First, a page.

Monday, July 28, 2008

Wine in a can? And I thought wine in a box was bad.

Jeff Sypeck was amused by my last post where I showed consternation to find wine in boxes for sale in France. So he shared with me an article from the Economist which suggests that wine in a box is eco-friendlier than traditional bottles with corks.

Then it went a step further and mentioned something I had heretofore been blissfully ignorant about.

Wine in a can.

Specifically champagne in a can.

:massages temples at the thought of such sacrilege:

Champagne is a wonderful thing. It is a wine used for celebrations and whose heritage dates back to the 17th century monk by the name of Dom Perignon who discovered the art of secondary fermentation and its wonderful byproduct of sparkling wine.

The second fermentation by tradition is done in the bottle, and is referred to as methode champenoise. The best sparkling wines are all done by this method and then there is another process to rid the bottle of the dead yeast that would otherwise be present as sediment in the bottle.

This old fashioned method involved turning the bottles in a rack a quarter turn or so each day as the angle of the bottles was slowly increased until the sediment settled in the neck of the bottle. The person who turned these bottles was given the title of "the Riddler."

No kidding. (Think about that this summer during the Batman media craze.)

Then they froze the neck of the bottles to make a solid plug of the dregs to remove it without spilling too much wine. After that extraction was completed, a cork was put in the bottle after refilling the bottle of spilled wine.

Today with the wonders of automation there isn't the need for hand riddlers, (and good thing too since I am sure they were prone to repetitive stress injuries).

With our modern technology there is also the ability for the secondary fermentation to be done not in the bottle, but in a stainless steel vat.

That is the method of choice for cheap sparkling wines such as Tott's or Ballatore.

Read your label. If it does not say "fermented in this bottle" or methode champenoise then it was probably created by methode champen-vat. Be especially suspicious if the price tag is less than $5 a bottle.

And now, thanks to film director-turned-winemaker Francis Ford Coppola who has purchased wineries in Sonoma County I now have in my vocabulary: methode champen-can.


I have not seen that in the stores, but then again, I have not been on the lookout for champagne in bright red cans.

It not only comes in a can, it comes with its own straw.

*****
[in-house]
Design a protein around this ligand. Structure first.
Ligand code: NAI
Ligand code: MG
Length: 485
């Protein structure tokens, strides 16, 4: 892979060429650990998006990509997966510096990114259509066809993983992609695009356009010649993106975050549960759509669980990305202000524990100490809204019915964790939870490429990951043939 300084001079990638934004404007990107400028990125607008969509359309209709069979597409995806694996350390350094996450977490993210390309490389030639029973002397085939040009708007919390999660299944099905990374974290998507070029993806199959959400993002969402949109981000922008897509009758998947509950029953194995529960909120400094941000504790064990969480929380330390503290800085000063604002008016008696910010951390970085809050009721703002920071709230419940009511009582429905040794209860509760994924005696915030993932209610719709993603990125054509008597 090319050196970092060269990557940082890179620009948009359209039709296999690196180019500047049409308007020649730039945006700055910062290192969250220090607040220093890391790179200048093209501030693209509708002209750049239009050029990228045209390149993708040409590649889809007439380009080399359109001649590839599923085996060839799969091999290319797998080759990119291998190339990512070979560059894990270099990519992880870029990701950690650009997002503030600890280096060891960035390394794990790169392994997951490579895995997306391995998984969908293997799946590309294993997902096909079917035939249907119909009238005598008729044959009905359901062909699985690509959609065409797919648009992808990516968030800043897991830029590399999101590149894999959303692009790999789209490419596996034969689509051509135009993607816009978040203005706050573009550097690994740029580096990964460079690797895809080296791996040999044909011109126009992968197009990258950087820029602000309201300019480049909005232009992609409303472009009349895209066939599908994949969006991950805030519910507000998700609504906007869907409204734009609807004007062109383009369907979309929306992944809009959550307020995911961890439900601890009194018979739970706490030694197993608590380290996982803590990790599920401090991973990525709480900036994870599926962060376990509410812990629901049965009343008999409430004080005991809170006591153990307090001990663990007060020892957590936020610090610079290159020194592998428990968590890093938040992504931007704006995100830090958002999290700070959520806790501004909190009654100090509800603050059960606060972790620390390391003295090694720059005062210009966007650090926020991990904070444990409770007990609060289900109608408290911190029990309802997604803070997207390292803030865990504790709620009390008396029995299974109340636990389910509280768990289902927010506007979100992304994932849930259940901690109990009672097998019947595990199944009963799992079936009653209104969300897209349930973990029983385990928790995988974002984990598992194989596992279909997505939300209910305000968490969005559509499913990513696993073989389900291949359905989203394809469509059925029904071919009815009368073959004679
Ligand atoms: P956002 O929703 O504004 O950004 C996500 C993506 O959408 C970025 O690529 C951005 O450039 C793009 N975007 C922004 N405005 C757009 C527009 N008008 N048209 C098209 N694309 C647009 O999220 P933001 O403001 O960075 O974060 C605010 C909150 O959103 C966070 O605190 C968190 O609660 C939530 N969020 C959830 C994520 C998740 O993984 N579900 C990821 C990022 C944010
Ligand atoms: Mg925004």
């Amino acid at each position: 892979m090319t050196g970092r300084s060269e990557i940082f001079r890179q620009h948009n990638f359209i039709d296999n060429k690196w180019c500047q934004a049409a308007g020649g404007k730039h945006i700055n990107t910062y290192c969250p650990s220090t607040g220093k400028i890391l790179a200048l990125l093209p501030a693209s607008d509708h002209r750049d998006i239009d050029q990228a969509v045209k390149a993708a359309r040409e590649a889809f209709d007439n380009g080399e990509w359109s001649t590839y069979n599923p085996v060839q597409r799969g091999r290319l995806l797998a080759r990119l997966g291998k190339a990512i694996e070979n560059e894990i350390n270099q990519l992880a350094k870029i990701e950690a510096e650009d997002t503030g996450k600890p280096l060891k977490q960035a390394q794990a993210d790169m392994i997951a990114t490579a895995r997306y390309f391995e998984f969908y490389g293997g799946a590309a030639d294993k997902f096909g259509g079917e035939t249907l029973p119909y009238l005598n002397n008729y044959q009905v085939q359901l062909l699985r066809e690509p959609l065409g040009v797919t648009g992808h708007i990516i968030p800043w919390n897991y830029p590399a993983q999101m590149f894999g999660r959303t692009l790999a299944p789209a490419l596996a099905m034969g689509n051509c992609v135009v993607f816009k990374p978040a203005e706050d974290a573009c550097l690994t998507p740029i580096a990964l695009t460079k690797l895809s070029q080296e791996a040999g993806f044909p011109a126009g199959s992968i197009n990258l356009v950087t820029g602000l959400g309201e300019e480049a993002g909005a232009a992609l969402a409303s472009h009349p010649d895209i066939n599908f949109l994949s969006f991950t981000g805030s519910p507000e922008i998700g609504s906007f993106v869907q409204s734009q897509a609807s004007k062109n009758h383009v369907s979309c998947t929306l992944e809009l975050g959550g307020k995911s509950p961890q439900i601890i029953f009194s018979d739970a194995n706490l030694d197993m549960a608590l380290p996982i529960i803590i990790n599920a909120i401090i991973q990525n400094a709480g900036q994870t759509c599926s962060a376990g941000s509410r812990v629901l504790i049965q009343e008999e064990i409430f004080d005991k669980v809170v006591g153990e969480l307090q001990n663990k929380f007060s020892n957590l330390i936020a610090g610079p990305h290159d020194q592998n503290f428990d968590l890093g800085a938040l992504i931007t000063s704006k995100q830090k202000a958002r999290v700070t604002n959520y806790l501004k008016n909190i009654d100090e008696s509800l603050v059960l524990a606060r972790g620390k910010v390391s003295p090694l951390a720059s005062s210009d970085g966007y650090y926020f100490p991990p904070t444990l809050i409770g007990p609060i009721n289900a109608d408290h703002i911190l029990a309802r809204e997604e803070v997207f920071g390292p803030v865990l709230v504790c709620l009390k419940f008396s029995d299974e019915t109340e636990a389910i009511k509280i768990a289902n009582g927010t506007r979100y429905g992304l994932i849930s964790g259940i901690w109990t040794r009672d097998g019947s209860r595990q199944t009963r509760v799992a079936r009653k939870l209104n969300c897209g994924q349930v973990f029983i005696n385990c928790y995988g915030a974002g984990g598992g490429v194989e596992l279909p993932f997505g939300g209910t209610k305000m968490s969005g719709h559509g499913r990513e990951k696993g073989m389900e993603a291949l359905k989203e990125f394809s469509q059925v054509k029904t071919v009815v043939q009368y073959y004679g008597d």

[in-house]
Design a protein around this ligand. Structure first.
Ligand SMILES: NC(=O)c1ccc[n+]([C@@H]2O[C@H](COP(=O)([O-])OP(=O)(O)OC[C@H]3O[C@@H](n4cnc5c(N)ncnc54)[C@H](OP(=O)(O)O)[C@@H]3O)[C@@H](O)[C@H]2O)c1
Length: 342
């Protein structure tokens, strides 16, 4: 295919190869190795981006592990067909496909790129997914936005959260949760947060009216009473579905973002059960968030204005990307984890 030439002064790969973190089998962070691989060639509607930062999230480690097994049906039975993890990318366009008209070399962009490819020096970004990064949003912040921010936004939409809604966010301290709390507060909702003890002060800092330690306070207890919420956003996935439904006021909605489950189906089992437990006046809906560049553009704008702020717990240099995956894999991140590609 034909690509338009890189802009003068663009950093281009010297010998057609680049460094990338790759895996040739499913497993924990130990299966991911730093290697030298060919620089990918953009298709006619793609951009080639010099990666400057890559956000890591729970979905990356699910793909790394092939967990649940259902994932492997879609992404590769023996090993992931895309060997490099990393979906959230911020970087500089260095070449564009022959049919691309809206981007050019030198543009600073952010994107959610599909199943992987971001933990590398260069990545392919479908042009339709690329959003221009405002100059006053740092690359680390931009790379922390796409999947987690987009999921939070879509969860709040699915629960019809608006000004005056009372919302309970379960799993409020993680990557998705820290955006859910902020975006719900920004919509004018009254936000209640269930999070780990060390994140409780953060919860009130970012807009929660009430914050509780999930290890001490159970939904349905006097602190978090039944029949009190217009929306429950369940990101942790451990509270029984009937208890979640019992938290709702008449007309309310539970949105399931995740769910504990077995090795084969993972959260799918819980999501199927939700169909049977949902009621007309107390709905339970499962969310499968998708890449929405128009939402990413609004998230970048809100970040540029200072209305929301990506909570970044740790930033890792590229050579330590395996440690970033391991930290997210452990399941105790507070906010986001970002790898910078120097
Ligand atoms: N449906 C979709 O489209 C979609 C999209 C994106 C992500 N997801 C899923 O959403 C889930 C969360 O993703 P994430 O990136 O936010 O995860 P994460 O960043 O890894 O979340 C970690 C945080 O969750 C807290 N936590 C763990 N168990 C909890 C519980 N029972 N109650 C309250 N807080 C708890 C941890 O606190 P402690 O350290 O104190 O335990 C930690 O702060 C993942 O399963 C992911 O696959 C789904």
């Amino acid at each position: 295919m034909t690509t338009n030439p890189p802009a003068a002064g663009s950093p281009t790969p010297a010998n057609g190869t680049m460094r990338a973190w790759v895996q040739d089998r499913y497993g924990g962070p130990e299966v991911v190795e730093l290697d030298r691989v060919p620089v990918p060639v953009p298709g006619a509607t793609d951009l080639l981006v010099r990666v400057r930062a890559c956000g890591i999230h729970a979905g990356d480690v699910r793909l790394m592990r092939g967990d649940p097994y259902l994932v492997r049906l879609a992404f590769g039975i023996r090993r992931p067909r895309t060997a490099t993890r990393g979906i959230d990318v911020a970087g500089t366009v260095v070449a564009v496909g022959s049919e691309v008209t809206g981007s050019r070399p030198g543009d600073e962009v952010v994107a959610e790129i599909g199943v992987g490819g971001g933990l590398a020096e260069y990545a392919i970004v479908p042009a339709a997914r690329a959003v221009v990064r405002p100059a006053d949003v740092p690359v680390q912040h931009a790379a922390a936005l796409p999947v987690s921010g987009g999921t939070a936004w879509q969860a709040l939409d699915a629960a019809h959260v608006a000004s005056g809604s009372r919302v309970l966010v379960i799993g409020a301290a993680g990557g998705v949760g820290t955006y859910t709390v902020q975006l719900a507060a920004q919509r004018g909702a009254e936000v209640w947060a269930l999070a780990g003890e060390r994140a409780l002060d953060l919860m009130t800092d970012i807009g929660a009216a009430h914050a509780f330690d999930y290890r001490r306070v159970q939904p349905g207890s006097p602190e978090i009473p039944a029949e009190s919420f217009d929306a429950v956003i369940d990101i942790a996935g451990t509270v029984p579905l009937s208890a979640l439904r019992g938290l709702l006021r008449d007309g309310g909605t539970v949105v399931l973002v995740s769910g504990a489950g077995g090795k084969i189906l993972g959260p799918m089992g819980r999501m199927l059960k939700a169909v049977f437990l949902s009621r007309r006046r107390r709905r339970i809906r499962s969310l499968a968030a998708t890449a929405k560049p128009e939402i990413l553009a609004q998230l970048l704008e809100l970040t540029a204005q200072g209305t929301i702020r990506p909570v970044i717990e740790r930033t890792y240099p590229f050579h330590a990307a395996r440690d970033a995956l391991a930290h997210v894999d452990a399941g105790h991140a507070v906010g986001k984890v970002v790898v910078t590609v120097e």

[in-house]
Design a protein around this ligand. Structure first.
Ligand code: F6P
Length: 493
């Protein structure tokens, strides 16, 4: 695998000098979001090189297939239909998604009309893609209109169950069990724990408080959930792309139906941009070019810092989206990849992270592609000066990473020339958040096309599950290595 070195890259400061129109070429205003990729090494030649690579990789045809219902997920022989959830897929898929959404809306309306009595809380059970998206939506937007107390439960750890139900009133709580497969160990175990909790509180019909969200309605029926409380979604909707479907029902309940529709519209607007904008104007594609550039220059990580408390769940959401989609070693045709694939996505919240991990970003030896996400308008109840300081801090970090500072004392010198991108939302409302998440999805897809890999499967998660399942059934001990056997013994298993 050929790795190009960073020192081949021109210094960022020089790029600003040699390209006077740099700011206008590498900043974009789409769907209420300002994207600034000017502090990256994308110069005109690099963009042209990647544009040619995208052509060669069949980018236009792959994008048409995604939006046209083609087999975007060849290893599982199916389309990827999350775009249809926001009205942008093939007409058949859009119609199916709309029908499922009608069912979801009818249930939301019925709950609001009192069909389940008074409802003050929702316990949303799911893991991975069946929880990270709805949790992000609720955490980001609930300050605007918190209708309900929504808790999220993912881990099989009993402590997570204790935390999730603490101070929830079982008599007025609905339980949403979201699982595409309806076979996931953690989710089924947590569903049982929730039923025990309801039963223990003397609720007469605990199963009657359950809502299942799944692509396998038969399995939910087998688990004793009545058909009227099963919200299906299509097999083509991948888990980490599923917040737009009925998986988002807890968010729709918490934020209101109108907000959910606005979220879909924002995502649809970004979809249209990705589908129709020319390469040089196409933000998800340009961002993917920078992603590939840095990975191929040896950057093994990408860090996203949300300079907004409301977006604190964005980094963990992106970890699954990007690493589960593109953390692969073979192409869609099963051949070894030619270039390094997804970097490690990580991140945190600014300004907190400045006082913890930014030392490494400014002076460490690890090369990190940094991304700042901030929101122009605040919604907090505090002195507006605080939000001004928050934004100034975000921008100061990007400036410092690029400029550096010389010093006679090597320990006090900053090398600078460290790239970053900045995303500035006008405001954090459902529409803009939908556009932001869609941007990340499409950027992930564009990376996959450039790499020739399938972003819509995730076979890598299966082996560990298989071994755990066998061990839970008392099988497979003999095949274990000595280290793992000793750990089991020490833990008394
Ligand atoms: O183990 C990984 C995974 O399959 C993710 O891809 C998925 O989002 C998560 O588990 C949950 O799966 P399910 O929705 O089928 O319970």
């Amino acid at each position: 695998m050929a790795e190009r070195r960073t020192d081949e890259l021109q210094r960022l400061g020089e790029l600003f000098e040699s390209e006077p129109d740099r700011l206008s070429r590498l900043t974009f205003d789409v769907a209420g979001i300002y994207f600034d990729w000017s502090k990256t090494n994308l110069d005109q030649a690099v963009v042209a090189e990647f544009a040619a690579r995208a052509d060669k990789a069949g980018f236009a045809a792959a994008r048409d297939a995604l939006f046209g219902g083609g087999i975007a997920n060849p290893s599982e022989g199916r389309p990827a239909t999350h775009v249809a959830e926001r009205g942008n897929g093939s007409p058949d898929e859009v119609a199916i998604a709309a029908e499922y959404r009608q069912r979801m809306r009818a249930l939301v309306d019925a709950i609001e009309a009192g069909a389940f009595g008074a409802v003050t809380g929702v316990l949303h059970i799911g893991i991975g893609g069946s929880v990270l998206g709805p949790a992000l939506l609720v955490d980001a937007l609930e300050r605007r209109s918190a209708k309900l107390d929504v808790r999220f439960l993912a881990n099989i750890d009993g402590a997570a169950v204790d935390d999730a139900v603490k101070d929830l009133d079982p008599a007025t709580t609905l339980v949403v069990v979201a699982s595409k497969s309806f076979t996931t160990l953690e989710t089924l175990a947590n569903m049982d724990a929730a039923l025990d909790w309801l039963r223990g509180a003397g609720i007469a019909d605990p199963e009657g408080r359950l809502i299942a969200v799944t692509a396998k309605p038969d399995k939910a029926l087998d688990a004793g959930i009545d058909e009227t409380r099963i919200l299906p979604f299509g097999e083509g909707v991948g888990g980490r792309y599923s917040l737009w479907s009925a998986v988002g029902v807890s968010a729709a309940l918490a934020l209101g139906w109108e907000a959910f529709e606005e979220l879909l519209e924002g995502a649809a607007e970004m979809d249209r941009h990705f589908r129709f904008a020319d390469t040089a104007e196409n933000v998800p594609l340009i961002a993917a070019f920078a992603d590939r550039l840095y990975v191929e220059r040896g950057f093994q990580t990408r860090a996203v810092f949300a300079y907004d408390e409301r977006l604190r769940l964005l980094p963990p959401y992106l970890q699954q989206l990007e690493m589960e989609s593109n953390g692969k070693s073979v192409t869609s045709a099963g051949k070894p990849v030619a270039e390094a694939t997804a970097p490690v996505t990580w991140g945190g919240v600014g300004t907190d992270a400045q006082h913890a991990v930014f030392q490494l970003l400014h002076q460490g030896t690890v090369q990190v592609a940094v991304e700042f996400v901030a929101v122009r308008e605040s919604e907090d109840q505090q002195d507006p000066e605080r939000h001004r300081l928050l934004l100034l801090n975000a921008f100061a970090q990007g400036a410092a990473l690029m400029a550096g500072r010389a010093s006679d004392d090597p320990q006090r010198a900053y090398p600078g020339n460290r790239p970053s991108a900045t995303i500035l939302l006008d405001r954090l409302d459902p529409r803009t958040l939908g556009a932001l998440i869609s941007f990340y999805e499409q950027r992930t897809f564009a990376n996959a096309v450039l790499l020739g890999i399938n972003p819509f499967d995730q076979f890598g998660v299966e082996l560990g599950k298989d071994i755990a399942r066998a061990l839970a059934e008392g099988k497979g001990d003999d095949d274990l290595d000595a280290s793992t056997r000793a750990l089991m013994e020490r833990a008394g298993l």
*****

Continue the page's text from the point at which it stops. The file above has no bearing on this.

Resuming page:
Pop open a flip top, then slurp sparking wine through a straw in a can. How utterly sophisticated.

That is not how you should imbibe champagne. This noble wine should be properly chilled and the sound of the cork popping helps set off your celebration. Then it is to be poured into fluted glasses to discern the size of the bubbles (they should be small and with a rapid stream and not like frogs eyes) and the shape of the glass also helps concentrate the wine properly on your tongue.

That is how it should be done.

I do not buy this excuse that wine in a box or wine in a can is more eco-friendly. I am sorry, but good wine needs to be treated with care.

If all you want is to have something to quaff with spaghetti on a Tuesday night and you do not want to spend a lot of money, go ahead and buy wine in a box. You certainly do not want to store it. Only buy wine in polystyrene if you are going to age the wine on the car seat on your way home.

Wine is a living, breathing entity that changes with time and with its surroundings. No two bottles of wine will ever taste exactly the same.

Wine reacts to fluctuations in temperatures, and it can age prematurely and/or "cook" the wine, sometimes ruining it.

The best example I know of this comes from my favorite wine columnist, Dan Berger. One of his columns was about how tanins in Cabernet Sauvignon can make the wine unapproachable when it is young and that it needs to age for several years before drinking. He then did an experiment and bought two bottles of Cab. One he treated properly by promptly placing it in his wine cellar, the other he left in the back of his station wagon and let it roll around for a week or so in the summertime.

Later he did a blind tasting with some of his friends who were not wine connoisseurs. They preferred the wine that had been abused over the one that was stored properly. Why? Because the abuse had tamed the tanins in the wine and made it drinkable younger than it ordinarily would have been.

I love that story and it reinforces why I am not that big of a Cabernet Sauvignon fan. I am not that patient to wait years to drink wine. Give me a glass of hearty Zinfandel any day over Cab. (And for those unfamiliar with Zin, I do not mean White Zinfandel which is a blush wine, I am talking about the hearty red wine that is a California heritage wine.)

Moving on to corks.